iOS8

While iOS 7 was all about visual changes, iOS 8 is more about what’s under the hood. This time Apple has focused on expanding features, as well as improving how we work on projects across devices. Thanks to “Continuity” iOS 8 will work together with the new Mac OS X 10.10 Yosemite to bring a brand new form of interaction between iPhone, iPad and Mac. Users will now be able to start working on a project on one device and continue on another. Furthermore, thanks to AirDrop you will be able to transfer transfer images and other files from your phone to your computer.

The post A history of iOS design from iOS 1 to iOS 8 appeared first on Design Reviver – Web Design Blog.

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Pirated iOS app store Installous shutting down

Installous

This is great news for those of you who are making money from the App Store, Installous, a major portal for pirated paid apps from Apple’s App Store, won’t be around anymore. Earlier development team Hackulous announced the closure of Installous on their official Web site.

In the past Installous offered complete access to thousands of paid iOS apps for free for anyone with a jailbroken iPhone, iPad, and iPod Touch. In other words anyone could download an app without having to pay for it.
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Giant iPhone unveiled in Russia

imageIn St. Petersburg, Russia, a giant iPhone was unveiled as a tribute to former Apple CEO Steve Jobs, who passed away in October 2011.

The six-foot-tall sculpture, which resembles a black iPhone 4, was brought to life by designer Gleb Tarasov. While the sculpture doesn’t actually work as an iPhone, it does display a photo and video slideshow of Jobs’ life, including important events and well-known speeches.

iTunes turns 12 today, Happy 12th!

itunesv1cd2001

On January 9th, 2001 Apple released the first version of iTunes at Macworld. The application was based on SoundJam MP, an old piece of software Apple purchased from a development company called Casady & Greene in 2000. Apple simplified the SoundJam MP interface, added CD burning, and rebranded it as iTunes.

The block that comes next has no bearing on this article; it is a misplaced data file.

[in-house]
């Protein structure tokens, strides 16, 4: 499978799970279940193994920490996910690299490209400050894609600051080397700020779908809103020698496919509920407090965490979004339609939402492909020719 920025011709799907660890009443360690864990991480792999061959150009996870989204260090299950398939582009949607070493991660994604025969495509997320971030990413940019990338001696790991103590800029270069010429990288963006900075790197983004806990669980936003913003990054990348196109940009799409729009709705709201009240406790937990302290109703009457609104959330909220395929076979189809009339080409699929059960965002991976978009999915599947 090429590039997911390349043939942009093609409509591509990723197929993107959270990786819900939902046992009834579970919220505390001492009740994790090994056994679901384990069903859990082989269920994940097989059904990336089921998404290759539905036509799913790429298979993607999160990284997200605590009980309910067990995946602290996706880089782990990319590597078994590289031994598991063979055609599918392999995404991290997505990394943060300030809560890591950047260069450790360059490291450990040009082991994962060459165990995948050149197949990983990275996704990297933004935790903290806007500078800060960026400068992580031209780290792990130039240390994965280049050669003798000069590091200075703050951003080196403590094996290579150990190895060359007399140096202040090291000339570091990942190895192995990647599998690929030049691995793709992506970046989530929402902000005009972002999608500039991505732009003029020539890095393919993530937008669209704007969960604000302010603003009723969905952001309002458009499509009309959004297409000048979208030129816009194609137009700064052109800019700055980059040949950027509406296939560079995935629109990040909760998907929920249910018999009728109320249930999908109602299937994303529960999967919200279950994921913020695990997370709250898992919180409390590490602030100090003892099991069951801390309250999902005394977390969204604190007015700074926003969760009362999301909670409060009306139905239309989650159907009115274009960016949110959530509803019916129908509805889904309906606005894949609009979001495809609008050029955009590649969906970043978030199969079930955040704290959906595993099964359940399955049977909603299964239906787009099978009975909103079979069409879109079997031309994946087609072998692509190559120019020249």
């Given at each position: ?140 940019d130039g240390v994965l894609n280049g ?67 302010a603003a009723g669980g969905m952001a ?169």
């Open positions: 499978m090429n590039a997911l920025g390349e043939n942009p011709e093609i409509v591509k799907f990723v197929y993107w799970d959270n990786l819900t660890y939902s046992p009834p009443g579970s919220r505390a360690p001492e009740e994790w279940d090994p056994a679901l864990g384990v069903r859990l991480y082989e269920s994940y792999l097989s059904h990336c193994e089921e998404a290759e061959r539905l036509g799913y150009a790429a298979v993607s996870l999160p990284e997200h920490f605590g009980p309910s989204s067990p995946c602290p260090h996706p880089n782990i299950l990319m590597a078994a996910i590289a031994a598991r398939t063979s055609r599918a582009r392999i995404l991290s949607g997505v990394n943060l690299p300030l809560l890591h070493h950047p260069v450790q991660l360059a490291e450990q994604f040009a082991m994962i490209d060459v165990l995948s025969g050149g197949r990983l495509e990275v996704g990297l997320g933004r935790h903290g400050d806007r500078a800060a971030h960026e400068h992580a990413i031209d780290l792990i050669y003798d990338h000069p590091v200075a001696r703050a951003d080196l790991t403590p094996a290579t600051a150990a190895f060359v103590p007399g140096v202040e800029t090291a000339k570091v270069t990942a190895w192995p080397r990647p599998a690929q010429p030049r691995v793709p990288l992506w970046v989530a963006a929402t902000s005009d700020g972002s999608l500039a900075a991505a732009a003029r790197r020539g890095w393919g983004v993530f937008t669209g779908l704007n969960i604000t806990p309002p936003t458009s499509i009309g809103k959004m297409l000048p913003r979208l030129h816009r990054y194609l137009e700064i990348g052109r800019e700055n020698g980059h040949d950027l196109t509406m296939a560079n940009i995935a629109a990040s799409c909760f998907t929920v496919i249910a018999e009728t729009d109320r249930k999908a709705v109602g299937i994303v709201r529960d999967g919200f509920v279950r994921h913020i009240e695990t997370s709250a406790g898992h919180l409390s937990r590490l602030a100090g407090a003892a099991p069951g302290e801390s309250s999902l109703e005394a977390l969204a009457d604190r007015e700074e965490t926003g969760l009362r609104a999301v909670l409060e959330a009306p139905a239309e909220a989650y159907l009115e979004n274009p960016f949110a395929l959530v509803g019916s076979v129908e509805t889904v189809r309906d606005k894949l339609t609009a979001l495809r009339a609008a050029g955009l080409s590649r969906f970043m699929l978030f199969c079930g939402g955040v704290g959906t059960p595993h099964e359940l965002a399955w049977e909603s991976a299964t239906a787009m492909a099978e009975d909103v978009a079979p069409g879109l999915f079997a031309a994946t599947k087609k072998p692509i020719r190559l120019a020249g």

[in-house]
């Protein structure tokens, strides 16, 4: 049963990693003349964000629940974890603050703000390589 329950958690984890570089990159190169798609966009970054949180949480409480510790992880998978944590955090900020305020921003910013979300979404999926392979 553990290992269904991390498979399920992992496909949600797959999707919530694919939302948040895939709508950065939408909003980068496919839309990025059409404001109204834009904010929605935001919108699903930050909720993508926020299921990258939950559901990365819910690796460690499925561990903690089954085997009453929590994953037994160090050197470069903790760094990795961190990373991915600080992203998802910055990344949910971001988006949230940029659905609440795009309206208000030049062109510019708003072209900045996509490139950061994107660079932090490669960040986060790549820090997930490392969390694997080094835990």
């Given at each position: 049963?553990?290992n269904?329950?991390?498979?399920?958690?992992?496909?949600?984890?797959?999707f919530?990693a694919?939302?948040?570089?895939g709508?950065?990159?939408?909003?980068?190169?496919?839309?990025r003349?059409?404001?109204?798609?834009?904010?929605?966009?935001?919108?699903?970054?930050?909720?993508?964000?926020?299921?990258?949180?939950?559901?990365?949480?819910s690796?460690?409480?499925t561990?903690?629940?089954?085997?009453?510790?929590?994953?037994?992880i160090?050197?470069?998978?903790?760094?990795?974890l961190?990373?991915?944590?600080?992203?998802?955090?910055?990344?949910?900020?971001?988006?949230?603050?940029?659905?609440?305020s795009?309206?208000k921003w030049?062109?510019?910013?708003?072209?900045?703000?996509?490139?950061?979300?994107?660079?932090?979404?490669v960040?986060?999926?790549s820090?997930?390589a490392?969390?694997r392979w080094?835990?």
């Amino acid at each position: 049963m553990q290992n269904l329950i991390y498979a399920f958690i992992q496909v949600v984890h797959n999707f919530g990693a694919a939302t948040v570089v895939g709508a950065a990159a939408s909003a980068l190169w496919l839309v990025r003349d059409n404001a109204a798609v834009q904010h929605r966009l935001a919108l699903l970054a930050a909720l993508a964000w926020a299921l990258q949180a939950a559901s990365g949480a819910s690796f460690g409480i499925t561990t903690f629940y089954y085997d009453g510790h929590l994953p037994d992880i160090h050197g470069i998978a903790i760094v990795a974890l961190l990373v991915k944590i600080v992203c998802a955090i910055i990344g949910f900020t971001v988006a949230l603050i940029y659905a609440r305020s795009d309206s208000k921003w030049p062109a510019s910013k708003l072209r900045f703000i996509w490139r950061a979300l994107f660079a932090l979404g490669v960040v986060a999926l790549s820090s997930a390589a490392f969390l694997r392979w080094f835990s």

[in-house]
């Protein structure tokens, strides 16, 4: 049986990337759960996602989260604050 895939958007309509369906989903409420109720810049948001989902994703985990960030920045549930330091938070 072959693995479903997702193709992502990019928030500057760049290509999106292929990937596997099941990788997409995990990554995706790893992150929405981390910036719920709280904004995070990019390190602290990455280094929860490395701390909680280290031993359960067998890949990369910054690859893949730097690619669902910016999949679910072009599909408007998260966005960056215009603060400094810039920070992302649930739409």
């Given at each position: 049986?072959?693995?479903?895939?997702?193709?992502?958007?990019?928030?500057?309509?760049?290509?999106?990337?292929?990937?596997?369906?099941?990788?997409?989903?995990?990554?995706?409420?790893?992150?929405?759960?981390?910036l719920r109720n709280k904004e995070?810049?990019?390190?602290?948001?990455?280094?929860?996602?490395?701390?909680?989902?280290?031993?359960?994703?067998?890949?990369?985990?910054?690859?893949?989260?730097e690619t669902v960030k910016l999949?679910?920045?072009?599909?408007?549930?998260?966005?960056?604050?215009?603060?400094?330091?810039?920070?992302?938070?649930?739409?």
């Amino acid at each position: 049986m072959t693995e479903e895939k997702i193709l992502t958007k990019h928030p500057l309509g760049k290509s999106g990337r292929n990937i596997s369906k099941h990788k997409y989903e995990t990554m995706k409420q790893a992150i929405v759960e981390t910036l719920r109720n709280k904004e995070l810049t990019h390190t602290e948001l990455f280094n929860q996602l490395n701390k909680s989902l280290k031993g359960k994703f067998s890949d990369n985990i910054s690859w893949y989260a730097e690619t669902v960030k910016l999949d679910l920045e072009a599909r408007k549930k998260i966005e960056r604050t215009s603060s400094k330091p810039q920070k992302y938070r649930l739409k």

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Paris thieves nab $1.3M in Apple products in New Year’s Eve robbery

In a heist that could have been taken directly out of a Hollywood movie, armed and masked robbers made off with an estimated $1.3 million in Apple products during a heist of an Apple store in central Paris on New Year’s Eve. According to Dow Jones Business News:

“The robbers gained access to the store via a service entrance where they assaulted the store employees, and then “calmly” picked through the boxes of Apple products, taking iPhones, iPads and MacBook laptop computers. The store closed at 1700 GMT (9 p.m. Pacific time) on Monday with a single security guard and a cleaner present, and the thieves entered three hours later.”

paris-130102

The robbers then apparently loaded the stolen products into a vehicle and fled the scene. According to French news reports, the estimated loss was pegged at around $1.32 million U.S., though the police have not confirmed that amount.

Apple starts rejecting apps that access device UDIDs

According to several developers Apple has kept their promise and is now starting to decline app submissions that access the UDID of an iDevice. According to sources this will only become more stringent in the near future. Currently Apple has two review teams actively rejecting UDID-accessing apps with all ten teams expected to follow suit in the coming weeks.